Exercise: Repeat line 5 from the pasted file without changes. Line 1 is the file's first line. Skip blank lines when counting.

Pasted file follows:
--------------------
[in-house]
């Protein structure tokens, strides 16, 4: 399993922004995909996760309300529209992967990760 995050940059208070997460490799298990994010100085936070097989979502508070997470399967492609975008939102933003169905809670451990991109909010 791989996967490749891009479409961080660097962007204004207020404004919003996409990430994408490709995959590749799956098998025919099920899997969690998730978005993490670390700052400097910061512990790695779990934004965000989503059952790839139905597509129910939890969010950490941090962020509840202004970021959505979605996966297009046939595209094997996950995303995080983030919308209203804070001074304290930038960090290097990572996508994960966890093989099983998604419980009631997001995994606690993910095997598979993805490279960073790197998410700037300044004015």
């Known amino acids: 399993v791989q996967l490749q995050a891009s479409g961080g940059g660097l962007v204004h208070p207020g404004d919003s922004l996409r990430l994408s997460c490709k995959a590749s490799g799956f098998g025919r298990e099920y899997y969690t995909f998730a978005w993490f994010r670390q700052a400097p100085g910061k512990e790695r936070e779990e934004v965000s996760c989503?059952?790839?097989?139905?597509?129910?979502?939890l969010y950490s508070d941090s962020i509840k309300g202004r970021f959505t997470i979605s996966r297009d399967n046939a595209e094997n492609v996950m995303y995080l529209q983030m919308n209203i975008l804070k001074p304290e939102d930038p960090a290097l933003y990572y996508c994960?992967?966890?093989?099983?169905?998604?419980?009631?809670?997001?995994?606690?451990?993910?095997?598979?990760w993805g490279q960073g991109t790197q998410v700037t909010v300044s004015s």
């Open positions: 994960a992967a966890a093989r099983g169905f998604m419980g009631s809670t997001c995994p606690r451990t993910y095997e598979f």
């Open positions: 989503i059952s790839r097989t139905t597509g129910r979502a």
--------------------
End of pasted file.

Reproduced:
């Open positions: 989503i059952s790839r097989t139905t597509g129910r979502a």